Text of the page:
If you’ve never been fishing off of Louisiana’s coast, then you likely haven’t seen all of the pogie boats out harvesting. For some fishermen, it’s not only a regular occurrence, but it’s a sad practice that they have to witness over, and over, and over. Doug Olander of Sport Fishing Magazine covers why these accounts are growing, and why they’re happening.
Menhaden Seiners Killing Louisiana Red Drum
State allows rampant destructive pogy reduction fishery.
Disgusted, I watched the brief video on my monitor.
“This is the reality,” says the narrator, Capt. Eric Newman, a top guide out of Venice, Louisiana, with the outrage evident in his voice. “This is what happens when pogy boats come around.”The camera zooms in to the white belly of a floating redfish.
“Bull red, dead. There’s another out there,” Newman says. The camera sweeps, zooms in. “Another one out there, dead.” The camera moves, zooms in. “Another one out there.” Again the camera zooms in.“Dead redfish all around us.” The video zooms out to reveal bloated white bellies bobbing at the surface. This is just off a beach in the Mississippi River Delta. “That’s our broodstock,” Newman adds, shaking his head.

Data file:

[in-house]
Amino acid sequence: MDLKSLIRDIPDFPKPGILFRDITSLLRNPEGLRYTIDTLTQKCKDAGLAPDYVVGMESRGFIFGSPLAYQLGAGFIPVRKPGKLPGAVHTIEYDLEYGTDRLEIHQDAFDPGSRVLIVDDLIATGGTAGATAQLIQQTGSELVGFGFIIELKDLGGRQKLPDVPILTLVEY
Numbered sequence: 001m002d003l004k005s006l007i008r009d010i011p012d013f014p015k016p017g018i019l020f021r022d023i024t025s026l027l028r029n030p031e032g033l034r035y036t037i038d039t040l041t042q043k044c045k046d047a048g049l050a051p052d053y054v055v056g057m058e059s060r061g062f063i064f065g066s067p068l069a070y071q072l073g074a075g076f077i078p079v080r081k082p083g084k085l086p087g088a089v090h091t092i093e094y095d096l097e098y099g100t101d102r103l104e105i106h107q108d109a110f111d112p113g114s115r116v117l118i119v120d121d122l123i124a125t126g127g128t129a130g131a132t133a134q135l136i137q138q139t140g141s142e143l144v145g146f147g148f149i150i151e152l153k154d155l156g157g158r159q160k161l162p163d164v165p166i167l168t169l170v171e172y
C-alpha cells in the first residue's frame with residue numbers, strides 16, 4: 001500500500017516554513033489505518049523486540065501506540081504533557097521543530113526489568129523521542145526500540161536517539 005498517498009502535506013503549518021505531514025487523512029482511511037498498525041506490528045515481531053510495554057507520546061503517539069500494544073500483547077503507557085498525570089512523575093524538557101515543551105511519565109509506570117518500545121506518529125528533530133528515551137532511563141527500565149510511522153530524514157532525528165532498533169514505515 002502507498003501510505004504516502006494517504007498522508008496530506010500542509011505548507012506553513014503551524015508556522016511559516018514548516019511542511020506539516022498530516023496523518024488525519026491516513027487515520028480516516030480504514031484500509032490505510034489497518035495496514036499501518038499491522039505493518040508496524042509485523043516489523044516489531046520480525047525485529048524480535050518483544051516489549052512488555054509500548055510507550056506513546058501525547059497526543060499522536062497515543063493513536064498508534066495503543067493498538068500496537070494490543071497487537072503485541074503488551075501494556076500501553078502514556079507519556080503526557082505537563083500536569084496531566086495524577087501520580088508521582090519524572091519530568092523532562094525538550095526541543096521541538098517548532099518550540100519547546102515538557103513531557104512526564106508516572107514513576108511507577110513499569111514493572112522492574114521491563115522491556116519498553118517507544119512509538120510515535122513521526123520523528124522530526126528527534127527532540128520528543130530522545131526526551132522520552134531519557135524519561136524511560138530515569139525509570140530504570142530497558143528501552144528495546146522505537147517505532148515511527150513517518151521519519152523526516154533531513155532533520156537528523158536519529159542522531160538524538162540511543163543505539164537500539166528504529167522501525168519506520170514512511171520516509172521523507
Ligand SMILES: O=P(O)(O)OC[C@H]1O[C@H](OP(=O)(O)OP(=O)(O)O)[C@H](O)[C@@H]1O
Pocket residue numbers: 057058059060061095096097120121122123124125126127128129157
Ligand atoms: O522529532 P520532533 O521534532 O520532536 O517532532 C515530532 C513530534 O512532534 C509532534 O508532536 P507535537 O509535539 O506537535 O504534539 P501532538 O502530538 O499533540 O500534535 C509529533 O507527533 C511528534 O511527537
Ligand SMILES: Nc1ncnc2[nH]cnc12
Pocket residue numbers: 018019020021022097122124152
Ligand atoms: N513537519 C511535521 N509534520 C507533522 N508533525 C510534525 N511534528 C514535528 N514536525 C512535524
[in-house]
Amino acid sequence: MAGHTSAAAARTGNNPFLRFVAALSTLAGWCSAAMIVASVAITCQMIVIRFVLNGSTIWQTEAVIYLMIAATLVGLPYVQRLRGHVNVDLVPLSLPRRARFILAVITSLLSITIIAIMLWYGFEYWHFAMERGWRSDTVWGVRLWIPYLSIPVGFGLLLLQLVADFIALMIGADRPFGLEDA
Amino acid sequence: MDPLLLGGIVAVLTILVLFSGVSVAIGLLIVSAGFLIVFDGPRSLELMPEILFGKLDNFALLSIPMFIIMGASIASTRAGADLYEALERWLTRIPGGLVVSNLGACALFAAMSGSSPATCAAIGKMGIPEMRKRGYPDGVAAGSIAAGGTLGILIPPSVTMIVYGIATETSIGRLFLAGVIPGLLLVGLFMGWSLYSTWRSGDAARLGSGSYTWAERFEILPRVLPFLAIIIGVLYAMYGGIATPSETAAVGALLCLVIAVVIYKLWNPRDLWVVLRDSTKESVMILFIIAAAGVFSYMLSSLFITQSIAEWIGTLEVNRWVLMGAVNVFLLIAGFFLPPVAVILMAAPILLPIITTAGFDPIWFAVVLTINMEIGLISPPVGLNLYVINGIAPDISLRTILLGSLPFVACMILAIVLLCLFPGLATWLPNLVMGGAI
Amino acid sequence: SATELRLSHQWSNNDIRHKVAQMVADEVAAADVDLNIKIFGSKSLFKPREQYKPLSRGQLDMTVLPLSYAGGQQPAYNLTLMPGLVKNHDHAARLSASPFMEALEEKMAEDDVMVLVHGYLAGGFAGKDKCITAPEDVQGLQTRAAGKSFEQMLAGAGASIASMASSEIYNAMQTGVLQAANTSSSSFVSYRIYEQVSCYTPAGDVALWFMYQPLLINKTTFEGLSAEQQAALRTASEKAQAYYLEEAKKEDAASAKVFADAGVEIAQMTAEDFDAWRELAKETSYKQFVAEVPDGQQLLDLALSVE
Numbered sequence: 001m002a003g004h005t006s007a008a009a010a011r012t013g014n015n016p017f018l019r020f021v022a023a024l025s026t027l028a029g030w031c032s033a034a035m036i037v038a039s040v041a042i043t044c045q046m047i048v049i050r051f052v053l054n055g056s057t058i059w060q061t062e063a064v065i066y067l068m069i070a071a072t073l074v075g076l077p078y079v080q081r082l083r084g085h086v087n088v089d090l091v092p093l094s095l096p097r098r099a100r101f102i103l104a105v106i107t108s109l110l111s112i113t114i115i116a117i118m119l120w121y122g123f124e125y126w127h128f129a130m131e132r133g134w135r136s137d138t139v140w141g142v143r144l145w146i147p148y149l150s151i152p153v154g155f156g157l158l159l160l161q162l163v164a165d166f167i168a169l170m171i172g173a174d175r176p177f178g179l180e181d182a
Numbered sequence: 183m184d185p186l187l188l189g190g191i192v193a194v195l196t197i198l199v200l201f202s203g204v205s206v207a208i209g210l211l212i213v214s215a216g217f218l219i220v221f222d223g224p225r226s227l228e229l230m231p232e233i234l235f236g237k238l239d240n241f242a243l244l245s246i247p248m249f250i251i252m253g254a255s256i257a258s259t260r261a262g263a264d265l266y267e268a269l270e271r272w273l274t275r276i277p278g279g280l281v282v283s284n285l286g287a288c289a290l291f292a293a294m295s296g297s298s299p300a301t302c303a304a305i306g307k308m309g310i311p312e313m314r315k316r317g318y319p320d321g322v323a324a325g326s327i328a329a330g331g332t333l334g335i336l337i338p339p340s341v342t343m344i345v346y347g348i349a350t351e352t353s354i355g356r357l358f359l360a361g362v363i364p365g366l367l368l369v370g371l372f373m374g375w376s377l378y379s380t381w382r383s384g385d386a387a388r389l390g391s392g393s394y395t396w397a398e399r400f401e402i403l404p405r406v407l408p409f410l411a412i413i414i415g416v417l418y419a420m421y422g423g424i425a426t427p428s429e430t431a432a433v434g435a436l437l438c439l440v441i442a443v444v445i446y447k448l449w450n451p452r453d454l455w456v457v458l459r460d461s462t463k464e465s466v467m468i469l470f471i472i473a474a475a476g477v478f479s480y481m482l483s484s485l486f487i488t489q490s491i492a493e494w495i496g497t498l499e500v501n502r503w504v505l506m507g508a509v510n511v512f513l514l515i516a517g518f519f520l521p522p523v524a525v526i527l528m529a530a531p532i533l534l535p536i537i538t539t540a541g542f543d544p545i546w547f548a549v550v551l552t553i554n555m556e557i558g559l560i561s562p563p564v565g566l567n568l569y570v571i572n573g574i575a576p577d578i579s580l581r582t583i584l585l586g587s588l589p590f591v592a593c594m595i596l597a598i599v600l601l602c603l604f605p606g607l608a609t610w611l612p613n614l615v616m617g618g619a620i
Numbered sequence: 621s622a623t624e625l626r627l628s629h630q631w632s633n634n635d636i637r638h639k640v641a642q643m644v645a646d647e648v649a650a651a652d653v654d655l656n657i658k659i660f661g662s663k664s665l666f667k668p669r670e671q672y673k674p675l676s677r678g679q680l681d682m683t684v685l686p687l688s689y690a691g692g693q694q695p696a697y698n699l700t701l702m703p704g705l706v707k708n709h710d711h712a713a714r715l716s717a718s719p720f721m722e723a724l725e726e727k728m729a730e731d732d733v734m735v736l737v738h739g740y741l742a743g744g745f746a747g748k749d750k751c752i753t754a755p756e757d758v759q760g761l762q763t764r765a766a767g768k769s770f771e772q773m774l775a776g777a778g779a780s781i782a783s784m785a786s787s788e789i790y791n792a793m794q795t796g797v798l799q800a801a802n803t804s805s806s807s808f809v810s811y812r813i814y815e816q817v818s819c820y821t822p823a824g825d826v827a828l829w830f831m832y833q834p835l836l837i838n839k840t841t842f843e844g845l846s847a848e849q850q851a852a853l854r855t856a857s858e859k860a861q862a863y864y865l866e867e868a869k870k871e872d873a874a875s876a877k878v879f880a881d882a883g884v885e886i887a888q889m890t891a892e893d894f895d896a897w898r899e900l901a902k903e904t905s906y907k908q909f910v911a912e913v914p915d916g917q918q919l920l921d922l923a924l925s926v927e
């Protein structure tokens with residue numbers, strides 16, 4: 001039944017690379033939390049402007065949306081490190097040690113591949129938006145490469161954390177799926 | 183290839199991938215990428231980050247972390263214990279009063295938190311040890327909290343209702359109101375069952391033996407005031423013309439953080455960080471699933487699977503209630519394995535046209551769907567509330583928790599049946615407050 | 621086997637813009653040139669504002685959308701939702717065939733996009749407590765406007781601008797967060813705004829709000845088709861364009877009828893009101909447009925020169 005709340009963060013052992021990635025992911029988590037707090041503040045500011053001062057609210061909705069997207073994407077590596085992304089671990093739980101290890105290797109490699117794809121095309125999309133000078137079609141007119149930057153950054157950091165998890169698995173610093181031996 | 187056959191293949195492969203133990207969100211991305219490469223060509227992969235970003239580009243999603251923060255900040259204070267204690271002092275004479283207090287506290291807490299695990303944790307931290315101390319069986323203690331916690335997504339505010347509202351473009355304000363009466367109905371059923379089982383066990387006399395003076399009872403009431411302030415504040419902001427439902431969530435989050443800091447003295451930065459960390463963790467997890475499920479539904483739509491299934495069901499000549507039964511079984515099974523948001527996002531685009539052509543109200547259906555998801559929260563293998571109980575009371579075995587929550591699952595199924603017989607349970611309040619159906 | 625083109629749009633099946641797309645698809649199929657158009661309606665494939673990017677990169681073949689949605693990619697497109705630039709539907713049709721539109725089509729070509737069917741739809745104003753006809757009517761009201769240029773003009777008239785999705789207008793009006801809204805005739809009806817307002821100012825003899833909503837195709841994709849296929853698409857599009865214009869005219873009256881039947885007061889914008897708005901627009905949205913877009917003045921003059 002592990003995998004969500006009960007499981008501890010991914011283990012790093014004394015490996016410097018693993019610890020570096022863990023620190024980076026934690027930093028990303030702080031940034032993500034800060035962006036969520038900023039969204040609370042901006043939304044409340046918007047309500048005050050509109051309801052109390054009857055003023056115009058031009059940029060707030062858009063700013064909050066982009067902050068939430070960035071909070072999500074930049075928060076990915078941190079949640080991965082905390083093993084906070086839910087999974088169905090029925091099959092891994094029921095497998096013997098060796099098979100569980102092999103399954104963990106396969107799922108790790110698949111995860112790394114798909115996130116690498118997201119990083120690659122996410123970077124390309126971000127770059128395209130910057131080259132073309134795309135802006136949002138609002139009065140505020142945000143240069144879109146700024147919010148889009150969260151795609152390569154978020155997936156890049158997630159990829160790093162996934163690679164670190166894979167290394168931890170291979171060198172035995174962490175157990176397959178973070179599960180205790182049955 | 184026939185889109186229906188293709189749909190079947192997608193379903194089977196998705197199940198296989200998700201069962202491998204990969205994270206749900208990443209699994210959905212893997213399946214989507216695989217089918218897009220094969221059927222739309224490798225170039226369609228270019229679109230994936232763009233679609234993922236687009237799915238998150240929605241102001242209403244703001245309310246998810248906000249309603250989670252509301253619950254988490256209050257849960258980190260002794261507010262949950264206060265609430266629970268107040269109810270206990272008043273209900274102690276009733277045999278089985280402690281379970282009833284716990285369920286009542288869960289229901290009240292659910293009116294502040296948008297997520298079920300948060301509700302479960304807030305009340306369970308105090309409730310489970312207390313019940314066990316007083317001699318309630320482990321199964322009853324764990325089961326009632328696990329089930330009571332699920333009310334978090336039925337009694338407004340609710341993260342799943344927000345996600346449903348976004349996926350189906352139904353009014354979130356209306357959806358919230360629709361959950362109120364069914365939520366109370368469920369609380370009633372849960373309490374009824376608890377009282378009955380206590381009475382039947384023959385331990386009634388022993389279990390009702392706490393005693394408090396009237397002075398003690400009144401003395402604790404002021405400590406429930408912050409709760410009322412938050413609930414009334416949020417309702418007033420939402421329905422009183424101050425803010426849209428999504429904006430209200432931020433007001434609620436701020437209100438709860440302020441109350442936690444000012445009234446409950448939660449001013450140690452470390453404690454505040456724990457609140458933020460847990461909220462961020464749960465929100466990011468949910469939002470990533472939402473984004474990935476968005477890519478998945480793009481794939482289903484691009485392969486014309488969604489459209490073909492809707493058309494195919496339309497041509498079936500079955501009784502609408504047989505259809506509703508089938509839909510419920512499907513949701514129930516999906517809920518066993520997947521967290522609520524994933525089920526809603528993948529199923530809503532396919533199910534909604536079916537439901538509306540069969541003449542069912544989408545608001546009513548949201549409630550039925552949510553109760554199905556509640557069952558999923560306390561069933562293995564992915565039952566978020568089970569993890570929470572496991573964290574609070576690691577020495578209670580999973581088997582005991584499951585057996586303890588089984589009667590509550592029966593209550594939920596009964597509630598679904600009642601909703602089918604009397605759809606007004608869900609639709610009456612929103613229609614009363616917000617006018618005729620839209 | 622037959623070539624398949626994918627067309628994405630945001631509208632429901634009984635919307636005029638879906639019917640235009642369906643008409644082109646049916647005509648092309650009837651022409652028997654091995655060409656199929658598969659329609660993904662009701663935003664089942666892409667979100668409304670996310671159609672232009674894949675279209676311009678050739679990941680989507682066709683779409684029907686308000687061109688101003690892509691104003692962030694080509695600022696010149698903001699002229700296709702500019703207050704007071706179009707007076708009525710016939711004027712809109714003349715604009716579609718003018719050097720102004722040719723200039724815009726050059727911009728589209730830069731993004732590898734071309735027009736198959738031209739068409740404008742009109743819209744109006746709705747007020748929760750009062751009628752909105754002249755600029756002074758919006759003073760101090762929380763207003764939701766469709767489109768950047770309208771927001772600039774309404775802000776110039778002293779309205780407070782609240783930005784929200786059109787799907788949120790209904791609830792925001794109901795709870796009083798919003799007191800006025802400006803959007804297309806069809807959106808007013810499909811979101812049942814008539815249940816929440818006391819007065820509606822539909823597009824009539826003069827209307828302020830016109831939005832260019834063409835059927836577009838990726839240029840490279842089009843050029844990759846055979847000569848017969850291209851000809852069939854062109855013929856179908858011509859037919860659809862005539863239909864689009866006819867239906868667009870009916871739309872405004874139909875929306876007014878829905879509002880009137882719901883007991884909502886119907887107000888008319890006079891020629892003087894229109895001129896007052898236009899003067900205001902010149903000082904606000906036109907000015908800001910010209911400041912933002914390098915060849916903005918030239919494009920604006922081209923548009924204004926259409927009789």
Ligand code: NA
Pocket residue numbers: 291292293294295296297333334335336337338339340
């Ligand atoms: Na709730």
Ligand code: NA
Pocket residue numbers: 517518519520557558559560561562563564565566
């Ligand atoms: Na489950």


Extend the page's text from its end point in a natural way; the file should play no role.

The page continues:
He makes clear that this is no isolated phenomenon, but rather a regular event. “It’s because of those guys, over there,” he adds as the camera pans to a big menhaden factory-reduction vessel pushing into the shallows, black smoke pouring from its stacks.
If you suspect any of this is hyperbolic, type “sportfishingmag.com Louisiana menhaden” into your search engine bar and see for yourself.
To read the full article, click here to visit Sport Fishing Magazine.
If you’re want to see the videos from Captain Eric Newman and others, visit here.